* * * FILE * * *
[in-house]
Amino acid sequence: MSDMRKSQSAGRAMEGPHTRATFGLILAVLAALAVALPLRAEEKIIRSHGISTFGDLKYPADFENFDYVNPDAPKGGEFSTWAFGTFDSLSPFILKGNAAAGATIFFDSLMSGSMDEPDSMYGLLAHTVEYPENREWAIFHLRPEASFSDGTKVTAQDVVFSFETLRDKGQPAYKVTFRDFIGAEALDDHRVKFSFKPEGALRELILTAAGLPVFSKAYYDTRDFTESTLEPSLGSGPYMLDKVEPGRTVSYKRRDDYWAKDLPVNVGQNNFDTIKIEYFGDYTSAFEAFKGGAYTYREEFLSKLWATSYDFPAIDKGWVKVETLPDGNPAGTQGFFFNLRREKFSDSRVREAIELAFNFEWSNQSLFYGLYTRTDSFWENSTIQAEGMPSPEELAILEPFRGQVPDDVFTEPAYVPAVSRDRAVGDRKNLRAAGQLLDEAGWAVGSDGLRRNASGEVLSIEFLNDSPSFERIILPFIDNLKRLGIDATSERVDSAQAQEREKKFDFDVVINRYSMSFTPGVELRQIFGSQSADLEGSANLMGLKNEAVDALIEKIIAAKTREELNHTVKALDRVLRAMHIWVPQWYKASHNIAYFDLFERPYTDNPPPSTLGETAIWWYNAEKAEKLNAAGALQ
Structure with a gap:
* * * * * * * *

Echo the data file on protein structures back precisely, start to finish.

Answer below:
[in-house]
Amino acid sequence: MSDMRKSQSAGRAMEGPHTRATFGLILAVLAALAVALPLRAEEKIIRSHGISTFGDLKYPADFENFDYVNPDAPKGGEFSTWAFGTFDSLSPFILKGNAAAGATIFFDSLMSGSMDEPDSMYGLLAHTVEYPENREWAIFHLRPEASFSDGTKVTAQDVVFSFETLRDKGQPAYKVTFRDFIGAEALDDHRVKFSFKPEGALRELILTAAGLPVFSKAYYDTRDFTESTLEPSLGSGPYMLDKVEPGRTVSYKRRDDYWAKDLPVNVGQNNFDTIKIEYFGDYTSAFEAFKGGAYTYREEFLSKLWATSYDFPAIDKGWVKVETLPDGNPAGTQGFFFNLRREKFSDSRVREAIELAFNFEWSNQSLFYGLYTRTDSFWENSTIQAEGMPSPEELAILEPFRGQVPDDVFTEPAYVPAVSRDRAVGDRKNLRAAGQLLDEAGWAVGSDGLRRNASGEVLSIEFLNDSPSFERIILPFIDNLKRLGIDATSERVDSAQAQEREKKFDFDVVINRYSMSFTPGVELRQIFGSQSADLEGSANLMGLKNEAVDALIEKIIAAKTREELNHTVKALDRVLRAMHIWVPQWYKASHNIAYFDLFERPYTDNPPPSTLGETAIWWYNAEKAEKLNAAGALQ
Structure with a gap: